Joining social movements, scientific initiatives and public demonstrations is also important to make the crisis visible. Medawar mentions that some initiatives that we can support as scientists are Scientists4Future and Extinction Rebellion, but always keeping track of talking to friends, reading papers on climate and environmental science [6], organize public demonstrations and events on the topic of sustainability. For foreign scientists it is also a good idea to get in touch and support the initiatives of their home country. But as scientists, we should keep in mind that our engagement must be strongly dialogue-oriented and remain benevolent, to convince others that reaching a sustainable future is a common goal of all people, scientists and non-scientists alike.

References and other resources

1.  Wynes, S., & Donner, S. D. (2018). Addressing Greenhouse Gas Emissions from Business-Related Air Travel at Public Institutions: A Case Study of the University of British Columbia. Pacific Institute for Climate Solutions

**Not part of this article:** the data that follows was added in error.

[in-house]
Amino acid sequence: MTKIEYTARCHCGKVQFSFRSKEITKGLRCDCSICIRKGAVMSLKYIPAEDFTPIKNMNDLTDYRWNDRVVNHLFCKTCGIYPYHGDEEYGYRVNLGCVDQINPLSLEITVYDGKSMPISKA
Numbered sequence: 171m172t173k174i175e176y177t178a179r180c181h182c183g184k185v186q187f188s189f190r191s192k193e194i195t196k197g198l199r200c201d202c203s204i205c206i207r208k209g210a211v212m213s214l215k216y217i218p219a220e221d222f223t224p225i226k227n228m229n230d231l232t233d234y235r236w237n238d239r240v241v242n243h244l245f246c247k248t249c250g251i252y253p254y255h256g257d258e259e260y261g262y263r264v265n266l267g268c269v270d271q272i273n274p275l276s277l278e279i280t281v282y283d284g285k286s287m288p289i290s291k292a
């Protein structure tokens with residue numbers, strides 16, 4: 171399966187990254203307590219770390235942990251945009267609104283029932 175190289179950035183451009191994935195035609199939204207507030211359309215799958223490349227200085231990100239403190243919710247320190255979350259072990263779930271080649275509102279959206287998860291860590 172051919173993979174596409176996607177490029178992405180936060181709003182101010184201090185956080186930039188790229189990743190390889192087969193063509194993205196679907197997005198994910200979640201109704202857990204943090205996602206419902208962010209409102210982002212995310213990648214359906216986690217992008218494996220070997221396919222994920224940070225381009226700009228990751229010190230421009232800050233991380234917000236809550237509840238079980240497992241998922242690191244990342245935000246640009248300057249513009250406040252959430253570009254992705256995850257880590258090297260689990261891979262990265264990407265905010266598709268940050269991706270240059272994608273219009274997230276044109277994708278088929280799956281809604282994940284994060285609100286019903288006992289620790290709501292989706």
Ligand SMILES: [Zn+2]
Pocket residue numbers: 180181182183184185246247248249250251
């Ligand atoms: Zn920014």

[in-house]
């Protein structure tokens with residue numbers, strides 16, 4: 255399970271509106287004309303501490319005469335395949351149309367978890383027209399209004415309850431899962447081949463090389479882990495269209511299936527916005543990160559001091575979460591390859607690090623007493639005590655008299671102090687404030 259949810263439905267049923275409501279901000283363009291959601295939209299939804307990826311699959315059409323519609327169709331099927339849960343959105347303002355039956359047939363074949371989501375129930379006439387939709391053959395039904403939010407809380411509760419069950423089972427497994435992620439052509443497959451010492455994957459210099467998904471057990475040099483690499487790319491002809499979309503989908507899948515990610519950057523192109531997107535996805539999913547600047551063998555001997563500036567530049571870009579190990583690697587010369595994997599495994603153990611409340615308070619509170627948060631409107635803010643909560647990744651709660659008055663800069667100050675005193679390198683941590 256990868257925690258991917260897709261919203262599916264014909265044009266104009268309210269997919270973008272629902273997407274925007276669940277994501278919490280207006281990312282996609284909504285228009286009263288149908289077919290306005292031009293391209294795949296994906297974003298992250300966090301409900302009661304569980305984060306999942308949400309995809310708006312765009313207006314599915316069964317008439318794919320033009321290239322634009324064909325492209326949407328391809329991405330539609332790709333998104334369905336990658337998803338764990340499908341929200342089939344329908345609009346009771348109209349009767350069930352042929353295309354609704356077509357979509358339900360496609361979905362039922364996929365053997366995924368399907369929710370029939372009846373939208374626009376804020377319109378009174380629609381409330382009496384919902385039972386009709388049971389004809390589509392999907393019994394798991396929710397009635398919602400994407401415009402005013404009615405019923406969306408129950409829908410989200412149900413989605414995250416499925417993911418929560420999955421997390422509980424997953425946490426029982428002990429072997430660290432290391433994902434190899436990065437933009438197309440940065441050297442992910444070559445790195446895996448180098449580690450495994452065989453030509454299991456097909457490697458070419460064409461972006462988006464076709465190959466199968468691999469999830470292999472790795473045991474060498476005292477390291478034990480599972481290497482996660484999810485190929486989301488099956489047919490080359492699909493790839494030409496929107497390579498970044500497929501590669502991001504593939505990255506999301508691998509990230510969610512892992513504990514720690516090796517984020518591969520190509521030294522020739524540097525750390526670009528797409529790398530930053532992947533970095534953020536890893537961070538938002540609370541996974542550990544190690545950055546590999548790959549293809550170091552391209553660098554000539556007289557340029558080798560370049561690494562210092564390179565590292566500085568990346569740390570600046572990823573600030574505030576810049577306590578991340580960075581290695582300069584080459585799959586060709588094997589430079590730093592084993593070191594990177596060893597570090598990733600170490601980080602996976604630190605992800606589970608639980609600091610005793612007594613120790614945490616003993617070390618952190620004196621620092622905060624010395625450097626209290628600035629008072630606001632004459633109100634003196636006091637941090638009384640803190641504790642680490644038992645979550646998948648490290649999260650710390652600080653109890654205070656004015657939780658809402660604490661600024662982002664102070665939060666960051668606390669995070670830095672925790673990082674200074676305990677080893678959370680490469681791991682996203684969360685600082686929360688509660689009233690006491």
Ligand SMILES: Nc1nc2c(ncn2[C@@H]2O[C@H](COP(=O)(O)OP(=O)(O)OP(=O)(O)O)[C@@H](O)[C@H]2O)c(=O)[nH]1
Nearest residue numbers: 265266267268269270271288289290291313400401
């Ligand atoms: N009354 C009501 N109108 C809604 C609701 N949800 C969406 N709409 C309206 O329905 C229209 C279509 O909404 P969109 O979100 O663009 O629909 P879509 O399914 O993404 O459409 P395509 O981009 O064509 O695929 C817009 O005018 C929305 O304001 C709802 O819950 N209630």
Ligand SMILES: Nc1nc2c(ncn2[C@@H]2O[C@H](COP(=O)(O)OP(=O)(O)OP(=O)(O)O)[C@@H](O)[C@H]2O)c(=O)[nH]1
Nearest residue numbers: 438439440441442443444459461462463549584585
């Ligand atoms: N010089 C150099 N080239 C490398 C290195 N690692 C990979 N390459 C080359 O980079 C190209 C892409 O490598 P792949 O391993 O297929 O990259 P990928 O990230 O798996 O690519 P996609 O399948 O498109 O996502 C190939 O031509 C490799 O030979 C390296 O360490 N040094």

2.  https://www.phdnet.mpg.de/113798/20190821_SustainabilityMPS?c=22833

3.  https://www.sussex.ac.uk/psychology/abc-lab/climate-change

4.  https://www.ucl.ac.uk/greenucl/resources/labs

5.  https://en.wikipedia.org/wiki/Material_input_per_service_unit

6. Such as the IPCC reports, for instance the SR15 https://www.ipcc.ch/sr15/


Illustration: annca from Pixabay